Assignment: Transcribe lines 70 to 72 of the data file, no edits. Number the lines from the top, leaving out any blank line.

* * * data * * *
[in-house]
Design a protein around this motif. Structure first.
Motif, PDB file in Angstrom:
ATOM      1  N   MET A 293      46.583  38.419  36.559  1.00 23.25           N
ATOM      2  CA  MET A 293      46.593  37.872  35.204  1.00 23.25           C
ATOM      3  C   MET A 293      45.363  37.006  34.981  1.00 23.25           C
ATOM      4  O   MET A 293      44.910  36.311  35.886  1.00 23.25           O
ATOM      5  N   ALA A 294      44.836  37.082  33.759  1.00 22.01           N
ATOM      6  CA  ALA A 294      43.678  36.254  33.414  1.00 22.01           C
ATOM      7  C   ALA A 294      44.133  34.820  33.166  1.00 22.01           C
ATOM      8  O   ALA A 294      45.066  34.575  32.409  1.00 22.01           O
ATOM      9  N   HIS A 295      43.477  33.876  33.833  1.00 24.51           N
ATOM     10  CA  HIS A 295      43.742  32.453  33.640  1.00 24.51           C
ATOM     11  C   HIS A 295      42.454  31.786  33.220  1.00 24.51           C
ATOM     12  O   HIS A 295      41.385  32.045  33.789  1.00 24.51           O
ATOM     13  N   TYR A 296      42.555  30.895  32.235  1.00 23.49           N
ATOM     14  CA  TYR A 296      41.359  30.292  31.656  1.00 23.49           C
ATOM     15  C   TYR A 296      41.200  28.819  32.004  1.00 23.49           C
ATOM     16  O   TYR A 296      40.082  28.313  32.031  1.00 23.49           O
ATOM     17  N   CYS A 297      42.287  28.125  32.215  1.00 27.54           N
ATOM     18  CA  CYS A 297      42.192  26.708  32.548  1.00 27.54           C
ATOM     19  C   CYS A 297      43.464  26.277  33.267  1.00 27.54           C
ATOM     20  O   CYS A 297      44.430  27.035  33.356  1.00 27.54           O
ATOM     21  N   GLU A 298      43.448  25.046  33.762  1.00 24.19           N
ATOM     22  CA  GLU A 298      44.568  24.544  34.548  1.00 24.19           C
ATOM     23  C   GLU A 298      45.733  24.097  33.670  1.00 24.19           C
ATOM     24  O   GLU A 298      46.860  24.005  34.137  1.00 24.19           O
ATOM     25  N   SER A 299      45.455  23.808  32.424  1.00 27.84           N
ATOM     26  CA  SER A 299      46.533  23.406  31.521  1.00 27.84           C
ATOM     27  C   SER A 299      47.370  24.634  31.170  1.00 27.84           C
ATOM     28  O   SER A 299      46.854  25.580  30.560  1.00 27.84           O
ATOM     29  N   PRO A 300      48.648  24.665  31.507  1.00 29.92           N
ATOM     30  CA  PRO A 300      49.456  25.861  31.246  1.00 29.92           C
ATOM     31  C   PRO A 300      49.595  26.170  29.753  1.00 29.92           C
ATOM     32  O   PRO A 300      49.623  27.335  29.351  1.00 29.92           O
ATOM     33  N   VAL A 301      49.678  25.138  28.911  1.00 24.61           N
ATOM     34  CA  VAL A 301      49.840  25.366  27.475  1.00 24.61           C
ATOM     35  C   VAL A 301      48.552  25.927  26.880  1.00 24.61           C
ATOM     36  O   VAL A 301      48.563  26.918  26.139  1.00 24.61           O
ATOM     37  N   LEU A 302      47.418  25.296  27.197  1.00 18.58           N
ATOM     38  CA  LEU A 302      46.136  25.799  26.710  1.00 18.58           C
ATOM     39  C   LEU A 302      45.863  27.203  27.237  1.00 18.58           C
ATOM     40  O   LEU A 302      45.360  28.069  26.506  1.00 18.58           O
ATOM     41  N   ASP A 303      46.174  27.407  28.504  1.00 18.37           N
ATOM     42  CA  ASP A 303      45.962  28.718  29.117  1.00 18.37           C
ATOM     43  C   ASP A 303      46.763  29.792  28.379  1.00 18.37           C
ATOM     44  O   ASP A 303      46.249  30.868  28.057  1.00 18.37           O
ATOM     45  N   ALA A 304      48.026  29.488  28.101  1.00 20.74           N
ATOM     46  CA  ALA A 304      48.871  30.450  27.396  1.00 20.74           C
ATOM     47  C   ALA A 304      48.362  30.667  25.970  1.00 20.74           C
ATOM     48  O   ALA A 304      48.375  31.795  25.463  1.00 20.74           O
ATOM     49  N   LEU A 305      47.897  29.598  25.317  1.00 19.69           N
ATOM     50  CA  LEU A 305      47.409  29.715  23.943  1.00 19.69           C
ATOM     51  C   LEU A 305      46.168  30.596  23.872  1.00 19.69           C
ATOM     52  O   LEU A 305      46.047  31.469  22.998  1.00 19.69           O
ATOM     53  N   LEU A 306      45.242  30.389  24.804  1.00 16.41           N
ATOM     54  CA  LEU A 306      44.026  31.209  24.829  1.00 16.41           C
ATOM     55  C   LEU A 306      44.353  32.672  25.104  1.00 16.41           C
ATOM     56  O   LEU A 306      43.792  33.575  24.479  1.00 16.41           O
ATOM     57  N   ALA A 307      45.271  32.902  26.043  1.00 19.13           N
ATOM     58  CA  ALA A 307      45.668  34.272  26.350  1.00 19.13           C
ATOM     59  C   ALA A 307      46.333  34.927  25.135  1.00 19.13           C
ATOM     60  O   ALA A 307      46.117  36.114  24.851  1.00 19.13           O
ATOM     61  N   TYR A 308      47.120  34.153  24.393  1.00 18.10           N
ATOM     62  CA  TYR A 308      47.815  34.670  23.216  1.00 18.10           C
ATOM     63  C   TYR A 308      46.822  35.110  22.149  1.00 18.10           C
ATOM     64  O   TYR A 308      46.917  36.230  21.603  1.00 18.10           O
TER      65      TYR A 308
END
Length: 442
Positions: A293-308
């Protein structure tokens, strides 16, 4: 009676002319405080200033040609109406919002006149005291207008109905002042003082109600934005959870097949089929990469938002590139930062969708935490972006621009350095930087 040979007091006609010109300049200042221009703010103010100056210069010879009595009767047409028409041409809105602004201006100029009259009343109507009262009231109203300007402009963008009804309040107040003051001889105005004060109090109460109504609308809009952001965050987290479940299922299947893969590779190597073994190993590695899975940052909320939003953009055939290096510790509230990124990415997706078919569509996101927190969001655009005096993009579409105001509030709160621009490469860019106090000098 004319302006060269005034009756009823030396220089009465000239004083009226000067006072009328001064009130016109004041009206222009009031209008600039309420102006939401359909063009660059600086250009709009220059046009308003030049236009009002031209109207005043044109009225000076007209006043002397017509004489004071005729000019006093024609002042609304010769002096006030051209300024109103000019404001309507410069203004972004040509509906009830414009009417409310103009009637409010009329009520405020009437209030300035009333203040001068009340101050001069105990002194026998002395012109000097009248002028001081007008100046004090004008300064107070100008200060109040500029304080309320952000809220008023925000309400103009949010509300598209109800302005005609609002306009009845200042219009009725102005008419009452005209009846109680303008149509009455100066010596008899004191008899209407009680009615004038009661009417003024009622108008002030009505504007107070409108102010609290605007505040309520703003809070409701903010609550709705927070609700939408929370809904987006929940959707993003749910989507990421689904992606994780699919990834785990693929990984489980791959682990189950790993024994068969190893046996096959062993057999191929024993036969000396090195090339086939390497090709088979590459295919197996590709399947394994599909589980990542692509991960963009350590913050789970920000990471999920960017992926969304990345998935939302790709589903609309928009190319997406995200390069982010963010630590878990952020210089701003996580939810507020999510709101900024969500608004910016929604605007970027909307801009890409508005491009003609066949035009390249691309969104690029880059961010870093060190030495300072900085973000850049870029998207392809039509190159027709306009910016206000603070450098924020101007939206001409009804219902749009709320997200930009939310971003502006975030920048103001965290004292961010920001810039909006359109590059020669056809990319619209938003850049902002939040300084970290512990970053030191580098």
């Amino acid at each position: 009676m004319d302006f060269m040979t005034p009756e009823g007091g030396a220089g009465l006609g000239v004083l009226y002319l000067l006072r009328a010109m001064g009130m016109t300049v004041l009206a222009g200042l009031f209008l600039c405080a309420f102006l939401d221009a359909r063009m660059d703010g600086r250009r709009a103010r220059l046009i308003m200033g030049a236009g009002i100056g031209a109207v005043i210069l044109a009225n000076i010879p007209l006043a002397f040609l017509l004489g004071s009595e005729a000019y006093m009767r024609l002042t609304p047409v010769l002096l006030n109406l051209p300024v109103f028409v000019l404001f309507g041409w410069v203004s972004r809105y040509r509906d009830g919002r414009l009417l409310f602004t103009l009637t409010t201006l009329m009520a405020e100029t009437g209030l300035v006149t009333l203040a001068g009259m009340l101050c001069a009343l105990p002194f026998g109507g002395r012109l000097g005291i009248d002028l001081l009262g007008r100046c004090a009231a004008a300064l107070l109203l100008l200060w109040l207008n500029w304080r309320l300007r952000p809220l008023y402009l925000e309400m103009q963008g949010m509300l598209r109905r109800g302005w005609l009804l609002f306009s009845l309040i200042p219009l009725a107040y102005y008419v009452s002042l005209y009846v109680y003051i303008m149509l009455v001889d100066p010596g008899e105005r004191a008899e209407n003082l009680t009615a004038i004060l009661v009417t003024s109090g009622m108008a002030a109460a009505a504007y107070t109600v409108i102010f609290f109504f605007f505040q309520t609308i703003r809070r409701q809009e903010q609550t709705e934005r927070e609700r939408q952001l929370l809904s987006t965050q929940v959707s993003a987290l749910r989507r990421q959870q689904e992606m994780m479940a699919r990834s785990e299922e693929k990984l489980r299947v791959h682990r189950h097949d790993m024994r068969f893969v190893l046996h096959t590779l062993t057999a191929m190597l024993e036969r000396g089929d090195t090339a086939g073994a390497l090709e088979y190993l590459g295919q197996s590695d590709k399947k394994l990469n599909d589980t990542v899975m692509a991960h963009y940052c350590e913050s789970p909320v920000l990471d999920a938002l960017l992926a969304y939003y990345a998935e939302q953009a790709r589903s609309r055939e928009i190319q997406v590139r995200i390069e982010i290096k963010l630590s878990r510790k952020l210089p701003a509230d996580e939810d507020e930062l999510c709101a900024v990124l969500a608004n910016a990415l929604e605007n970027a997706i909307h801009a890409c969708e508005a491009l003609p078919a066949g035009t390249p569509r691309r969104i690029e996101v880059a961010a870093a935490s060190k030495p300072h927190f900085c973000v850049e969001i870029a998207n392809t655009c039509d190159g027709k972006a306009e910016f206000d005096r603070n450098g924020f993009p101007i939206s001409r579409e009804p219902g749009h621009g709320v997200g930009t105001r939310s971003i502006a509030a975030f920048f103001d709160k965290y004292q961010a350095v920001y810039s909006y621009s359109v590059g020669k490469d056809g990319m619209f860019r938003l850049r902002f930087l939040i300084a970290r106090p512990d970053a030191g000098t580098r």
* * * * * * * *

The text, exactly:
Length: 442
Positions: A293-308
């Protein structure tokens, strides 16, 4: 009676002319405080200033040609109406919002006149005291207008109905002042003082109600934005959870097949089929990469938002590139930062969708935490972006621009350095930087 040979007091006609010109300049200042221009703010103010100056210069010879009595009767047409028409041409809105602004201006100029009259009343109507009262009231109203300007402009963008009804309040107040003051001889105005004060109090109460109504609308809009952001965050987290479940299922299947893969590779190597073994190993590695899975940052909320939003953009055939290096510790509230990124990415997706078919569509996101927190969001655009005096993009579409105001509030709160621009490469860019106090000098 004319302006060269005034009756009823030396220089009465000239004083009226000067006072009328001064009130016109004041009206222009009031209008600039309420102006939401359909063009660059600086250009709009220059046009308003030049236009009002031209109207005043044109009225000076007209006043002397017509004489004071005729000019006093024609002042609304010769002096006030051209300024109103000019404001309507410069203004972004040509509906009830414009009417409310103009009637409010009329009520405020009437209030300035009333203040001068009340101050001069105990002194026998002395012109000097009248002028001081007008100046004090004008300064107070100008200060109040500029304080309320952000809220008023925000309400103009949010509300598209109800302005005609609002306009009845200042219009009725102005008419009452005209009846109680303008149509009455100066010596008899004191008899209407009680009615004038009661009417003024009622108008002030009505504007107070409108102010609290605007505040309520703003809070409701903010609550709705927070609700939408929370809904987006929940959707993003749910989507990421689904992606994780699919990834785990693929990984489980791959682990189950790993024994068969190893046996096959062993057999191929024993036969000396090195090339086939390497090709088979590459295919197996590709399947394994599909589980990542692509991960963009350590913050789970920000990471999920960017992926969304990345998935939302790709589903609309928009190319997406995200390069982010963010630590878990952020210089701003996580939810507020999510709101900024969500608004910016929604605007970027909307801009890409508005491009003609066949035009390249691309969104690029880059961010870093060190030495300072900085973000850049870029998207392809039509190159027709306009910016206000603070450098924020101007939206001409009804219902749009709320997200930009939310971003502006975030920048103001965290004292961010920001810039909006359109590059020669056809990319619209938003850049902002939040300084970290512990970053030191580098």